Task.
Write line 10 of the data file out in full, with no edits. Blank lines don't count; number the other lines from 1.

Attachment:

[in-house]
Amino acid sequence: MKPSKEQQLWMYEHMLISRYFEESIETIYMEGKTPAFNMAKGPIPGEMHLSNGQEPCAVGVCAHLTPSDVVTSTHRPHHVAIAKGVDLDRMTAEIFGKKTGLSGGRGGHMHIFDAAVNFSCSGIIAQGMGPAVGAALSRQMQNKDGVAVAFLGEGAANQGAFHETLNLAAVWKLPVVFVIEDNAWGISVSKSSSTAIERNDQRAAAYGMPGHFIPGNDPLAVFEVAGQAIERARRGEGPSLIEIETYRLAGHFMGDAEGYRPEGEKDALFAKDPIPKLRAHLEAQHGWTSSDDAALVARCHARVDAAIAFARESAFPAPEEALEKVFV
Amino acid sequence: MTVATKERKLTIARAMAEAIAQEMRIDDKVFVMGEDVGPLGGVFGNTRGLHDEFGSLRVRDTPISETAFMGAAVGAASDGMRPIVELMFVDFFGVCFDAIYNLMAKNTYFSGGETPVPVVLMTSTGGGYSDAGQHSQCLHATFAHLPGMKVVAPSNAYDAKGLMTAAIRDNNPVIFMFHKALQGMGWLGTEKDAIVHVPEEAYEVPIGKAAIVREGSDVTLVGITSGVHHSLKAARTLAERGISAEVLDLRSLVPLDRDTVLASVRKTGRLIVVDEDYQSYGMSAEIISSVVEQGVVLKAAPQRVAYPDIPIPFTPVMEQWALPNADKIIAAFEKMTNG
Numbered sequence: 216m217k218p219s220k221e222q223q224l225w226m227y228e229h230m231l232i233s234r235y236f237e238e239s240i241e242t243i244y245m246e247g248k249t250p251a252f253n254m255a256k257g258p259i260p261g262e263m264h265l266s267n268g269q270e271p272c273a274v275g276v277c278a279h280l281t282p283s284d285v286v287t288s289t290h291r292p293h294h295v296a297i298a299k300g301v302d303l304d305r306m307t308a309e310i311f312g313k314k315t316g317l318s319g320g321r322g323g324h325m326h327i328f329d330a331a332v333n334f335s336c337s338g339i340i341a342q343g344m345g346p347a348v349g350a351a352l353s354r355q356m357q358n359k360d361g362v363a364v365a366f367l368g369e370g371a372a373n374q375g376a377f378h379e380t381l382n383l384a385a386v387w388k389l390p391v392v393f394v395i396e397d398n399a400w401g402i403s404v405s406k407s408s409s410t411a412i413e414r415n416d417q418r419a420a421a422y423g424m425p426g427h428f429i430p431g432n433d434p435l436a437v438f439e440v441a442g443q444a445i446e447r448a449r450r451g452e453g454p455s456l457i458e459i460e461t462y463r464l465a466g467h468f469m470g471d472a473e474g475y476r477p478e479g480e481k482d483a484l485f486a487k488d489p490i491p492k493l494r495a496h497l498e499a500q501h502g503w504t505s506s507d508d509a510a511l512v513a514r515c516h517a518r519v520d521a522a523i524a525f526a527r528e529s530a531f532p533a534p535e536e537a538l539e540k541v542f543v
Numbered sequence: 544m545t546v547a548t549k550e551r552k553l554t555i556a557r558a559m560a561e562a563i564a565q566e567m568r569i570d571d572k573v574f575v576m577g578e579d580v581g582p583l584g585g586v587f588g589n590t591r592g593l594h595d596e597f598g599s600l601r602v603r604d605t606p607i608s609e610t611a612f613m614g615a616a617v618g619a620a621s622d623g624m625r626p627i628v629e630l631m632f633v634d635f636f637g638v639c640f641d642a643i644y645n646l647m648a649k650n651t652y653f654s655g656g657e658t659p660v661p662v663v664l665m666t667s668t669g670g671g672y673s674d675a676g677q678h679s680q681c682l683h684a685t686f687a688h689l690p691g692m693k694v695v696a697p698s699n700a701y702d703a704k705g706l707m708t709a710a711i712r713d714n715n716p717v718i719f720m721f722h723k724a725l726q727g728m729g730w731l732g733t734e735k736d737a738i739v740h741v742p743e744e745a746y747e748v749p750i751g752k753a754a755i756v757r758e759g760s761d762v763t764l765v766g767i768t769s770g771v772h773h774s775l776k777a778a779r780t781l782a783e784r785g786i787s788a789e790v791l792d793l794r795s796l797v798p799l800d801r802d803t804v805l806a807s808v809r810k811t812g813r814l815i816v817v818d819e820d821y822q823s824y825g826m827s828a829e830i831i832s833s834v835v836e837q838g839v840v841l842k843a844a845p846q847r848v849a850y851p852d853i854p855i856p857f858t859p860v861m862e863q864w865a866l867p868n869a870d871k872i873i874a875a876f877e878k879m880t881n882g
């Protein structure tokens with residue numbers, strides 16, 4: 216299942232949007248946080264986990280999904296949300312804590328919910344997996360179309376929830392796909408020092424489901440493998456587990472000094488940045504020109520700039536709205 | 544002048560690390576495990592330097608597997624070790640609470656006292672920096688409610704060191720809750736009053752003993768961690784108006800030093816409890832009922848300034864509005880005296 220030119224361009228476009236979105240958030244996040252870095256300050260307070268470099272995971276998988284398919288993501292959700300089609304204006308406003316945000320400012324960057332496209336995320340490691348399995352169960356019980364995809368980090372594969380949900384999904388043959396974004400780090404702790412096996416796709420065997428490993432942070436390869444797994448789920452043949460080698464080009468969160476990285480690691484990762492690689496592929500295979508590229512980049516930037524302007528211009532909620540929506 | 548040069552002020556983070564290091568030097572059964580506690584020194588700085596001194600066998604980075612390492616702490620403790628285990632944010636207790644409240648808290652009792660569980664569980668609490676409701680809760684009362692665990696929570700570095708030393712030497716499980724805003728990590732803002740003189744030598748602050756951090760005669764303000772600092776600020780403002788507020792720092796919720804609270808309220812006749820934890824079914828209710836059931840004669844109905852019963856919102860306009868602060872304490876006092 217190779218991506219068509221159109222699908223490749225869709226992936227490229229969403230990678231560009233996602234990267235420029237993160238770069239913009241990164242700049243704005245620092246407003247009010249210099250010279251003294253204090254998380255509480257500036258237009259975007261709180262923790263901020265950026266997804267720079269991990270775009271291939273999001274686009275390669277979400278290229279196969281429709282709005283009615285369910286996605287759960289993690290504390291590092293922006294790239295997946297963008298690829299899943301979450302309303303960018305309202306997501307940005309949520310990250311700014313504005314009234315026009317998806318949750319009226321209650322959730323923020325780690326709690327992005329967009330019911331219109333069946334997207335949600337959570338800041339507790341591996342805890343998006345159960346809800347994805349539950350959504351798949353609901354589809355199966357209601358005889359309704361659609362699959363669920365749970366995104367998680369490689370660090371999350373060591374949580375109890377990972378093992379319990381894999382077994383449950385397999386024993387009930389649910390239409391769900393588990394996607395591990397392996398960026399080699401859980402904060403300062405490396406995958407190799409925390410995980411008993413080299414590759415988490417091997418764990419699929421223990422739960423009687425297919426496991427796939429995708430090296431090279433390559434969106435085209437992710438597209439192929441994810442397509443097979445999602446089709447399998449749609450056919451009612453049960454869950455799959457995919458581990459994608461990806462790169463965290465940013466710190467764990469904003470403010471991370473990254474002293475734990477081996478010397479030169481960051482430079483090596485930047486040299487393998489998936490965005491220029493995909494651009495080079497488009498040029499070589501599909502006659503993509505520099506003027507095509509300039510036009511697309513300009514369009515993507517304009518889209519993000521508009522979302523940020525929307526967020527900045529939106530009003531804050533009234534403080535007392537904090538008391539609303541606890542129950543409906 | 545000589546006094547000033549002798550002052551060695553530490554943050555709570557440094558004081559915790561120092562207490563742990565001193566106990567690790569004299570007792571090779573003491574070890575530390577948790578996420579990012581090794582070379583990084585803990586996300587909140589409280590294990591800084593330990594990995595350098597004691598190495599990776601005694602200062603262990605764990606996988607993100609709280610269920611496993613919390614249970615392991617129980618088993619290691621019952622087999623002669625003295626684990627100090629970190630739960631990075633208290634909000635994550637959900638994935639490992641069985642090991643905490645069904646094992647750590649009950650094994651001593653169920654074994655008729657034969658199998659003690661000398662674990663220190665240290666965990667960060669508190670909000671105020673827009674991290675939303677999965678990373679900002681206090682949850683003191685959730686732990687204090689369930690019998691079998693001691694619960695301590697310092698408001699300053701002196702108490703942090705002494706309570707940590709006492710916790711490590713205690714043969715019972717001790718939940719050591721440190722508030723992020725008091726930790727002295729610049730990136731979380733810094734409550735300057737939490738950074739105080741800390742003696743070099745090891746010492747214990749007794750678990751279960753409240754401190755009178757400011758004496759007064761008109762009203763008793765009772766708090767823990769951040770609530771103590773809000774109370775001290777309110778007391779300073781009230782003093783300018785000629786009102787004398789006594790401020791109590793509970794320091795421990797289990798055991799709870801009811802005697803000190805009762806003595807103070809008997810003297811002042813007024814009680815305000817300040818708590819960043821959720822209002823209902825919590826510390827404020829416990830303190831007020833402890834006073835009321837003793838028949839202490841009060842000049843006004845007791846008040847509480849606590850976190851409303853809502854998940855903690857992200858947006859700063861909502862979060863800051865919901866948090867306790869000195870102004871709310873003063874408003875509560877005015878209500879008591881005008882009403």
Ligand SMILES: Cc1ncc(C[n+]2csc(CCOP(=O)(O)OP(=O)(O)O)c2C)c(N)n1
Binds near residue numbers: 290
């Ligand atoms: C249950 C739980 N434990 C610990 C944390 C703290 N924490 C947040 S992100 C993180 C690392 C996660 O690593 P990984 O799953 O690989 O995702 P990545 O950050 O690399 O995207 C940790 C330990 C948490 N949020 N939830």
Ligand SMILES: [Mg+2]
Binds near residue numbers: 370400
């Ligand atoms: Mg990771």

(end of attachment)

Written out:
Ligand SMILES: [Mg+2]